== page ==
85. LAWRENCE OF ARABIA: All men dream
Thomas Edward Lawrence (1888-1935) was a legendary British army officer famous for his role in the Arab Revolt in World War I. During the war, the British Empire helped and encouraged an Arab uprising against the Ottoman Empire, who had ruled the area now known as the Middle-East for over 400 years. An Arab revolt would force the Central Powers to fight on another front, greatly thinning out their forces and giving the Allies a greater chance of overall victory. Having extensive knowledge with Arab culture after working as an archaeologist in the region, Lawrence was stationed in Egypt and was asked to liaise with the Arab leaders. Lawrence’s knowledge of Arab geography and his brilliant tactical mind was so impressive that he gained the trust of the Arab leader Prince Faisal. Lawrence became part of Faisal’s inner-circle and helped marshal the separate Arab tribes into a unified guerrilla army who would eventually go on to victory.
Lawrence was an all-around badass. Despite being only 5’5″ tall, he commanded the respect of the Arab and British soldiers and was so feared by the Turkish that they put a bounty on his head. He had a brilliant military mind and devised highly effective desert warfare tactics that were so successful they’ve been adopted by the Taliban today. How’s this for a cool quote that Lawrence wrote about his tactics:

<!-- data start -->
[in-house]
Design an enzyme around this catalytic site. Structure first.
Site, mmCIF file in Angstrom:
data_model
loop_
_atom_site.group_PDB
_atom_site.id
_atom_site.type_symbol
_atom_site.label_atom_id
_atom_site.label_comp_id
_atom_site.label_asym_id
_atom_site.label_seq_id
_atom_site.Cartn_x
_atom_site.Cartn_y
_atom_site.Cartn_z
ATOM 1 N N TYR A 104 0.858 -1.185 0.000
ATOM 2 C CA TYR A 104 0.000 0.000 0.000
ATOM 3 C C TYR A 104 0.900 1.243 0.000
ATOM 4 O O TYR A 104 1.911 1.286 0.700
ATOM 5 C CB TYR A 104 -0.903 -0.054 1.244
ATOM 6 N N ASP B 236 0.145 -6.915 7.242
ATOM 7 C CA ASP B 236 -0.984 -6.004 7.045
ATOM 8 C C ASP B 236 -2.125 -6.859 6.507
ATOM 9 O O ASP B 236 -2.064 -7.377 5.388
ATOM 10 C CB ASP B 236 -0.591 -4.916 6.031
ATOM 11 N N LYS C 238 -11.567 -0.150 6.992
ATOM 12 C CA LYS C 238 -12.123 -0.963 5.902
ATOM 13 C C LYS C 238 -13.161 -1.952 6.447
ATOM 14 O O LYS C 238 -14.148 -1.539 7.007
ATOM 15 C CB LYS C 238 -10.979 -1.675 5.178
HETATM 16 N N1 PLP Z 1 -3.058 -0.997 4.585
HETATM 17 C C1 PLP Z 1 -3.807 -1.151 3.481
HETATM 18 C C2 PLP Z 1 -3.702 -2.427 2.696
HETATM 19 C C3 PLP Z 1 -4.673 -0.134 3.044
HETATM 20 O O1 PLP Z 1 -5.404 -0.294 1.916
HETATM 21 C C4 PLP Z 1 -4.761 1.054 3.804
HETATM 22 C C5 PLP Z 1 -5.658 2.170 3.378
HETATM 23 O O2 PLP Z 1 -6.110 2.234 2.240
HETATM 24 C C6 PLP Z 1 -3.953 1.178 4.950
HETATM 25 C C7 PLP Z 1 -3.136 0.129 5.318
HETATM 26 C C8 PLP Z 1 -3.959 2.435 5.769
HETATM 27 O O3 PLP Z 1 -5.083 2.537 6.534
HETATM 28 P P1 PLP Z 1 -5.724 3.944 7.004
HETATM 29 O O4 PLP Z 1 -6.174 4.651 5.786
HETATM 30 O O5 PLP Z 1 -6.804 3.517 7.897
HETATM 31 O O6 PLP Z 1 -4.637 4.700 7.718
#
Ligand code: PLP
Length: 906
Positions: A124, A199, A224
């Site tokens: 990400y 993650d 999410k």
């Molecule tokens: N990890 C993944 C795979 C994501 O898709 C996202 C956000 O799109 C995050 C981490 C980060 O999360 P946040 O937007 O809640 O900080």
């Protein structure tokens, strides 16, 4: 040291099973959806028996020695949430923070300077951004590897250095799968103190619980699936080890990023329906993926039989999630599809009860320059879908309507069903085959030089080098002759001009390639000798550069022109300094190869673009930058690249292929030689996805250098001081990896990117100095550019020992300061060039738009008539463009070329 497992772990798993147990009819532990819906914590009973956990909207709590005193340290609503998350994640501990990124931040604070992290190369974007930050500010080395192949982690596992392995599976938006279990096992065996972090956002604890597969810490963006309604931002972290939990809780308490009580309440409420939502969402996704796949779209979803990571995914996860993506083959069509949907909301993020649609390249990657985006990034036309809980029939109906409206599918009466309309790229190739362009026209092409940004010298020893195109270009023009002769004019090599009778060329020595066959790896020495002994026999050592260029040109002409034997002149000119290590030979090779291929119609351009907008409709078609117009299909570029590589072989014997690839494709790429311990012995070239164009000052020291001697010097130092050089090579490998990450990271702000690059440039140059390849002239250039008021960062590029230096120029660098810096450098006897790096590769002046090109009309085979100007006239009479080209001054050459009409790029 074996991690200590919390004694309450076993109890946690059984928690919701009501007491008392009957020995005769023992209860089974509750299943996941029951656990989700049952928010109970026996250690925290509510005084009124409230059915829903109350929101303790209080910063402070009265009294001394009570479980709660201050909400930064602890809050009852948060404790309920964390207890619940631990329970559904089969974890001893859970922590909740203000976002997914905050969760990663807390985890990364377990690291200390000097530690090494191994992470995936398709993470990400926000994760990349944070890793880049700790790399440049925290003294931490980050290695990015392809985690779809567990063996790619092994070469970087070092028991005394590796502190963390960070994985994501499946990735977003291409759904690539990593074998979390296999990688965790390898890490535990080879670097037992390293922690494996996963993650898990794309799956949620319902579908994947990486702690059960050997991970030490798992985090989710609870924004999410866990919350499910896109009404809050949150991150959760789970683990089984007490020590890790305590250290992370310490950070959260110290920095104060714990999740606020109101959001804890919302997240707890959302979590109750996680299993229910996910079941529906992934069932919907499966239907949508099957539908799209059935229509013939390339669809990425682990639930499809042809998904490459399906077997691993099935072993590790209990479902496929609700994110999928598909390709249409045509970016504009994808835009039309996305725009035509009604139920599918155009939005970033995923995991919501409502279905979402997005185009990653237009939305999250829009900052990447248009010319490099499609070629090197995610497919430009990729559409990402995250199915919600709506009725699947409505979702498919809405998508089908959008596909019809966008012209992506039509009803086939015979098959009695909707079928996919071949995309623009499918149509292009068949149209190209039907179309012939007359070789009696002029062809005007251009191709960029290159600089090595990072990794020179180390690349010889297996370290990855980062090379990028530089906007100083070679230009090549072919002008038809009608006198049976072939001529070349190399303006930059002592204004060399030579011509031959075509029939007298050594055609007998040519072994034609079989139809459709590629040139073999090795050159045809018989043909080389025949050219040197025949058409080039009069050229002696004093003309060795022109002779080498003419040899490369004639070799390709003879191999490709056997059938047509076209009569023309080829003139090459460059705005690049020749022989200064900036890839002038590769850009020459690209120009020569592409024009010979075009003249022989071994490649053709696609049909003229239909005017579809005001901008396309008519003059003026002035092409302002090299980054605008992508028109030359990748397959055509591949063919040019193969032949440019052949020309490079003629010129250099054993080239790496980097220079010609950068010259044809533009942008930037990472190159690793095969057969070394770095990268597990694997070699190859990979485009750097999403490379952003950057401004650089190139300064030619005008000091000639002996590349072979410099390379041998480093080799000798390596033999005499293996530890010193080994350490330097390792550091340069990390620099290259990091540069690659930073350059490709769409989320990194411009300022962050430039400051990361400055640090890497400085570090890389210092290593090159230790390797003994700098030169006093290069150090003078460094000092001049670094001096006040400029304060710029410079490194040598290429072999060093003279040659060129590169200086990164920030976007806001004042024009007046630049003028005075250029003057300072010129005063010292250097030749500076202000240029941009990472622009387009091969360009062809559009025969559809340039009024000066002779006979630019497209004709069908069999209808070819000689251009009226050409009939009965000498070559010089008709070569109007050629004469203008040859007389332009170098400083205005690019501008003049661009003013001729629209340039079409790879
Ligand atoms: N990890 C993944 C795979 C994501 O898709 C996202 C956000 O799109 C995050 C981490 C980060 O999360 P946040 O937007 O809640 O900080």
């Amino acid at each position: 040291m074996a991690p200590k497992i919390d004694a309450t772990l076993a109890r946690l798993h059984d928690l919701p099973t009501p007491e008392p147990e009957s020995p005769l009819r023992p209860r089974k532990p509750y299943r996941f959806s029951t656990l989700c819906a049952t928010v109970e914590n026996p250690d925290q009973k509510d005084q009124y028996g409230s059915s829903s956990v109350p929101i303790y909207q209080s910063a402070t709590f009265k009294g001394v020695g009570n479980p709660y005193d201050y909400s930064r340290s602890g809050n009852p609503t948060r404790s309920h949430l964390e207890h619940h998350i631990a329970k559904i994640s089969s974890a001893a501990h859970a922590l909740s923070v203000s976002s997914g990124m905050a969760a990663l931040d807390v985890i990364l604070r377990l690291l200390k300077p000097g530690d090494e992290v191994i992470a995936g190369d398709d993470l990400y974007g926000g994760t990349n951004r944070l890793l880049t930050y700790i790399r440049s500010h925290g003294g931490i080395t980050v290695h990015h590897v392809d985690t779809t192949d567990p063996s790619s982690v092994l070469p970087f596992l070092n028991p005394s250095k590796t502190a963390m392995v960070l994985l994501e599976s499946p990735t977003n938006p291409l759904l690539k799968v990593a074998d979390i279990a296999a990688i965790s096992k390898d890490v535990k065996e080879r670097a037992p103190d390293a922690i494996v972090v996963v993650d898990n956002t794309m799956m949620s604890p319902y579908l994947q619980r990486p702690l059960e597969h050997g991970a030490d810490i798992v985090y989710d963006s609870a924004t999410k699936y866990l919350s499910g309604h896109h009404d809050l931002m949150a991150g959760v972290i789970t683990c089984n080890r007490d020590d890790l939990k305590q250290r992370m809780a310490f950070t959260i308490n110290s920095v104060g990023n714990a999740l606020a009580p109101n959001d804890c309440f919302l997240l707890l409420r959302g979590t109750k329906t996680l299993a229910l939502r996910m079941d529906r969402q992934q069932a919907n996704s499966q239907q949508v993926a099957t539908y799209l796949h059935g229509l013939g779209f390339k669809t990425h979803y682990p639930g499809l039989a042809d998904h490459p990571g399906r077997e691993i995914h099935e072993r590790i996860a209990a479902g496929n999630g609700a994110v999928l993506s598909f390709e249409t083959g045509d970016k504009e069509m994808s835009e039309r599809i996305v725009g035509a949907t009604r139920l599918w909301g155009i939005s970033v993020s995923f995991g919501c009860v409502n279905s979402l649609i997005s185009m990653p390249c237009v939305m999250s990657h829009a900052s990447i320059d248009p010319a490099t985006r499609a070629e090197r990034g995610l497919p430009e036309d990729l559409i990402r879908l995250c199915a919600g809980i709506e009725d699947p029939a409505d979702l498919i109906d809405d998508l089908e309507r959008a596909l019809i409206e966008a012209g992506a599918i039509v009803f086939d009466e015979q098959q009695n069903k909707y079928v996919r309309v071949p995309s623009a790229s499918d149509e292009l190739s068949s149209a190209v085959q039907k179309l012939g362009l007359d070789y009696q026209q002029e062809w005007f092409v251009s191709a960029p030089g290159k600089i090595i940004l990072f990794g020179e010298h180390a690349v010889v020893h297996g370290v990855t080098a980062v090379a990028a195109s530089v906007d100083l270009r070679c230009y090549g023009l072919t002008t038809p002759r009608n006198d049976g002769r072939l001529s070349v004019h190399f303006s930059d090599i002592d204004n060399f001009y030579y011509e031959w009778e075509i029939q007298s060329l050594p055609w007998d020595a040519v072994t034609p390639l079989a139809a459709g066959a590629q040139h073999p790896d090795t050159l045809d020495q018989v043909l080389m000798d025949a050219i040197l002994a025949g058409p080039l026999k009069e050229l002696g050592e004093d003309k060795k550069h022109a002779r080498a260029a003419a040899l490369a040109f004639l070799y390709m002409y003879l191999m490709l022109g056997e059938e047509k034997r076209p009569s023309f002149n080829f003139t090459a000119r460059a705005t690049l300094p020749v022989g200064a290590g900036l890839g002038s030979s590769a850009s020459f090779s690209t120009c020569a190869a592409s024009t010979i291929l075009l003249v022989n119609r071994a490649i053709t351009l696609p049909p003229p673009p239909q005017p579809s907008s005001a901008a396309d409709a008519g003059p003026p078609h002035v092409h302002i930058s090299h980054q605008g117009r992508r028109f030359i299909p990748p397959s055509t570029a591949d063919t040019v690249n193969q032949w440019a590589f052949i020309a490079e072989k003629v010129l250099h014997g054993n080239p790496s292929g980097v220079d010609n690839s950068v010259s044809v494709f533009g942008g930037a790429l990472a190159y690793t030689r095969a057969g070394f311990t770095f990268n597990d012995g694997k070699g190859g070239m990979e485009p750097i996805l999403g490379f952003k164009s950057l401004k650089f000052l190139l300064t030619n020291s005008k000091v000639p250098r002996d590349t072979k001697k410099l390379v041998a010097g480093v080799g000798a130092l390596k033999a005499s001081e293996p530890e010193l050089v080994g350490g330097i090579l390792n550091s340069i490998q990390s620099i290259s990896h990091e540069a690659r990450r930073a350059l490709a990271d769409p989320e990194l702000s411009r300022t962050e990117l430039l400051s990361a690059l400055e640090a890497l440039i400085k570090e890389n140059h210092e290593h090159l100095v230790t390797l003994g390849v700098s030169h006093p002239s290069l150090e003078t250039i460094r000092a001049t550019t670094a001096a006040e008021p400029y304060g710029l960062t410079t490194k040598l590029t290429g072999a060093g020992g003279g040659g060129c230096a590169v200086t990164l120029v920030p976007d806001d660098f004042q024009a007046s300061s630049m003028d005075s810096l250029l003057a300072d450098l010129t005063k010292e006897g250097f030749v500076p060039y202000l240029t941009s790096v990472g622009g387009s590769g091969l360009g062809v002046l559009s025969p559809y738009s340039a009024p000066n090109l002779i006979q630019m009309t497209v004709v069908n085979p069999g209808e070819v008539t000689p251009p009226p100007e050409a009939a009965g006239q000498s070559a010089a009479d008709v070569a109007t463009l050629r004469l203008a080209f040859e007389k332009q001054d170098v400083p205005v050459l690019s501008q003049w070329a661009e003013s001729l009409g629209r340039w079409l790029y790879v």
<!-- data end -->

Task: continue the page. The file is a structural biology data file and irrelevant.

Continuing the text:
“Suppose we were (as we might be) an influence, an idea, a thing intangible, invulnerable, without front or back, drifting about like a gas? Armies were like plants, immobile, firm-rooted, nourished through long stems to the head. We might be a vapour, blowing where we listed… Ours should be a war of detachment. We were to contain the enemy by the silent threat of a vast, unknown desert …”
After the war, Lawrence and his war exploits were featured in a popular photo film that made him a celebrity. His own account of his wartime feats was documented in the book The Seven Pillars of Wisdom. Sadly, his life was cut short when he was in a fatal motorcycle accident in 1935.
- I haven’t actually seen the 1962 film classic Lawrence of Arabia. Um … I guess I should since it’s supposed to be one of the greatest movies ever.
– Thanks to everyone who submitted this quote and suggest I look into Lawrence. I had obviously heard the name before but I didn’t really know anything about him.